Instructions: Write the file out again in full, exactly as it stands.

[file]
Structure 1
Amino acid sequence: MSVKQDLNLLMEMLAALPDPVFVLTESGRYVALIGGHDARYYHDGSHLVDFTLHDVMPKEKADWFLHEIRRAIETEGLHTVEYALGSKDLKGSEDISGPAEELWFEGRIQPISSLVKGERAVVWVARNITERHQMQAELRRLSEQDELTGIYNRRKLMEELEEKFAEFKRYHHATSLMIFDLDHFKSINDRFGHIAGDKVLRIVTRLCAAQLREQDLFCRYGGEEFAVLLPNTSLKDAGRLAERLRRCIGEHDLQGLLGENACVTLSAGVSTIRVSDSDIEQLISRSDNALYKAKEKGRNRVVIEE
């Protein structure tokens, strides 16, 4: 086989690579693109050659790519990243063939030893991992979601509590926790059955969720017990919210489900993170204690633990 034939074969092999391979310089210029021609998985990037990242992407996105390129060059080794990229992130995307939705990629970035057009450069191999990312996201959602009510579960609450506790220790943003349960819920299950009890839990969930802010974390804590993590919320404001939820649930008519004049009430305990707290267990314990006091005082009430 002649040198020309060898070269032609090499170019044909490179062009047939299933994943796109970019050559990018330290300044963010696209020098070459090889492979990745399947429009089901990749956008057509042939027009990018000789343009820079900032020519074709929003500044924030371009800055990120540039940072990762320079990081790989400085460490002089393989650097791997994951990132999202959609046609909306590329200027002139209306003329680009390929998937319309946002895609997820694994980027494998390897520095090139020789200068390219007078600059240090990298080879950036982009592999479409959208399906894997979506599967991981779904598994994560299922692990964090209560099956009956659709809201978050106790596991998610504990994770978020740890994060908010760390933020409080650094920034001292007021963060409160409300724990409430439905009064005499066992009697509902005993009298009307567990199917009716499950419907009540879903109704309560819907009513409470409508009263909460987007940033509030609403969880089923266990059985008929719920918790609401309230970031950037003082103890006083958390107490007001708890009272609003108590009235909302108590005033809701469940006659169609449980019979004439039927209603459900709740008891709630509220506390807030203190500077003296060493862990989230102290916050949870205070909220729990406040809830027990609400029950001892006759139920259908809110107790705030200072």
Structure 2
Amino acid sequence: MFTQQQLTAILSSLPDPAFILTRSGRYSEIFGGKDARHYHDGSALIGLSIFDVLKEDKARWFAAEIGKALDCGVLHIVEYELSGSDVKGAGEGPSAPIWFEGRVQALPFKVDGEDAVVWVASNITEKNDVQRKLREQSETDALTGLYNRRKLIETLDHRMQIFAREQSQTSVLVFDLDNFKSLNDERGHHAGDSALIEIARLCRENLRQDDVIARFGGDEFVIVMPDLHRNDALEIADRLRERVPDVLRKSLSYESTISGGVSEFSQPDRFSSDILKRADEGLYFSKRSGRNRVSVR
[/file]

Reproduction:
Structure 1
Amino acid sequence: MSVKQDLNLLMEMLAALPDPVFVLTESGRYVALIGGHDARYYHDGSHLVDFTLHDVMPKEKADWFLHEIRRAIETEGLHTVEYALGSKDLKGSEDISGPAEELWFEGRIQPISSLVKGERAVVWVARNITERHQMQAELRRLSEQDELTGIYNRRKLMEELEEKFAEFKRYHHATSLMIFDLDHFKSINDRFGHIAGDKVLRIVTRLCAAQLREQDLFCRYGGEEFAVLLPNTSLKDAGRLAERLRRCIGEHDLQGLLGENACVTLSAGVSTIRVSDSDIEQLISRSDNALYKAKEKGRNRVVIEE
């Protein structure tokens, strides 16, 4: 086989690579693109050659790519990243063939030893991992979601509590926790059955969720017990919210489900993170204690633990 034939074969092999391979310089210029021609998985990037990242992407996105390129060059080794990229992130995307939705990629970035057009450069191999990312996201959602009510579960609450506790220790943003349960819920299950009890839990969930802010974390804590993590919320404001939820649930008519004049009430305990707290267990314990006091005082009430 002649040198020309060898070269032609090499170019044909490179062009047939299933994943796109970019050559990018330290300044963010696209020098070459090889492979990745399947429009089901990749956008057509042939027009990018000789343009820079900032020519074709929003500044924030371009800055990120540039940072990762320079990081790989400085460490002089393989650097791997994951990132999202959609046609909306590329200027002139209306003329680009390929998937319309946002895609997820694994980027494998390897520095090139020789200068390219007078600059240090990298080879950036982009592999479409959208399906894997979506599967991981779904598994994560299922692990964090209560099956009956659709809201978050106790596991998610504990994770978020740890994060908010760390933020409080650094920034001292007021963060409160409300724990409430439905009064005499066992009697509902005993009298009307567990199917009716499950419907009540879903109704309560819907009513409470409508009263909460987007940033509030609403969880089923266990059985008929719920918790609401309230970031950037003082103890006083958390107490007001708890009272609003108590009235909302108590005033809701469940006659169609449980019979004439039927209603459900709740008891709630509220506390807030203190500077003296060493862990989230102290916050949870205070909220729990406040809830027990609400029950001892006759139920259908809110107790705030200072």
Structure 2
Amino acid sequence: MFTQQQLTAILSSLPDPAFILTRSGRYSEIFGGKDARHYHDGSALIGLSIFDVLKEDKARWFAAEIGKALDCGVLHIVEYELSGSDVKGAGEGPSAPIWFEGRVQALPFKVDGEDAVVWVASNITEKNDVQRKLREQSETDALTGLYNRRKLIETLDHRMQIFAREQSQTSVLVFDLDNFKSLNDERGHHAGDSALIEIARLCRENLRQDDVIARFGGDEFVIVMPDLHRNDALEIADRLRERVPDVLRKSLSYESTISGGVSEFSQPDRFSSDILKRADEGLYFSKRSGRNRVSVR